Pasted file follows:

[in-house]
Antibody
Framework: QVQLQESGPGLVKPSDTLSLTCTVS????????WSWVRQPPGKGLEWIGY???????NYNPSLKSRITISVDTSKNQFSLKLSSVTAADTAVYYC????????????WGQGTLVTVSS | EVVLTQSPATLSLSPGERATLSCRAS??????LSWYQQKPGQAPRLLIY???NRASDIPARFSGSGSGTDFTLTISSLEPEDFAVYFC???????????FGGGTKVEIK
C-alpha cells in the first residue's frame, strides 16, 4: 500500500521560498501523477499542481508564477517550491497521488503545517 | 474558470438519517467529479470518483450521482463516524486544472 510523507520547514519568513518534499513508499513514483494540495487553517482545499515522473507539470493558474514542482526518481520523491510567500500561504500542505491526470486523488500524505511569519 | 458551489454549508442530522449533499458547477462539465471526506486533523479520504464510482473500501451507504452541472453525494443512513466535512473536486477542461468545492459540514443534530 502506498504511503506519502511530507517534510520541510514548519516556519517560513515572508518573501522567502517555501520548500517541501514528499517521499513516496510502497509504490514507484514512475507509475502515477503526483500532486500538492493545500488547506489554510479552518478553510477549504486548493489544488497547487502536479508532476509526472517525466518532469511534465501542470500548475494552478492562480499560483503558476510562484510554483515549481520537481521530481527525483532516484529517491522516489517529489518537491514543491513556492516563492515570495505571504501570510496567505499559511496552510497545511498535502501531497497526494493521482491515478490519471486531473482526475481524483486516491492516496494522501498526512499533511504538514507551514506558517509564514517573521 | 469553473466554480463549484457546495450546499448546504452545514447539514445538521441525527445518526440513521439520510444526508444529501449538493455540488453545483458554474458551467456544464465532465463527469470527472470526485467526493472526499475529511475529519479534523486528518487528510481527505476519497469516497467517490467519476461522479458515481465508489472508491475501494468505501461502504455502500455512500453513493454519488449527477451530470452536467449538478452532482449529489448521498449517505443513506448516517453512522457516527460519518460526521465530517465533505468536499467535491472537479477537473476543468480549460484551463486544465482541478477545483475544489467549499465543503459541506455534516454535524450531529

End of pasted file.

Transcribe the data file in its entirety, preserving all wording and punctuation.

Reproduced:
[in-house]
Antibody
Framework: QVQLQESGPGLVKPSDTLSLTCTVS????????WSWVRQPPGKGLEWIGY???????NYNPSLKSRITISVDTSKNQFSLKLSSVTAADTAVYYC????????????WGQGTLVTVSS | EVVLTQSPATLSLSPGERATLSCRAS??????LSWYQQKPGQAPRLLIY???NRASDIPARFSGSGSGTDFTLTISSLEPEDFAVYFC???????????FGGGTKVEIK
C-alpha cells in the first residue's frame, strides 16, 4: 500500500521560498501523477499542481508564477517550491497521488503545517 | 474558470438519517467529479470518483450521482463516524486544472 510523507520547514519568513518534499513508499513514483494540495487553517482545499515522473507539470493558474514542482526518481520523491510567500500561504500542505491526470486523488500524505511569519 | 458551489454549508442530522449533499458547477462539465471526506486533523479520504464510482473500501451507504452541472453525494443512513466535512473536486477542461468545492459540514443534530 502506498504511503506519502511530507517534510520541510514548519516556519517560513515572508518573501522567502517555501520548500517541501514528499517521499513516496510502497509504490514507484514512475507509475502515477503526483500532486500538492493545500488547506489554510479552518478553510477549504486548493489544488497547487502536479508532476509526472517525466518532469511534465501542470500548475494552478492562480499560483503558476510562484510554483515549481520537481521530481527525483532516484529517491522516489517529489518537491514543491513556492516563492515570495505571504501570510496567505499559511496552510497545511498535502501531497497526494493521482491515478490519471486531473482526475481524483486516491492516496494522501498526512499533511504538514507551514506558517509564514517573521 | 469553473466554480463549484457546495450546499448546504452545514447539514445538521441525527445518526440513521439520510444526508444529501449538493455540488453545483458554474458551467456544464465532465463527469470527472470526485467526493472526499475529511475529519479534523486528518487528510481527505476519497469516497467517490467519476461522479458515481465508489472508491475501494468505501461502504455502500455512500453513493454519488449527477451530470452536467449538478452532482449529489448521498449517505443513506448516517453512522457516527460519518460526521465530517465533505468536499467535491472537479477537473476543468480549460484551463486544465482541478477545483475544489467549499465543503459541506455534516454535524450531529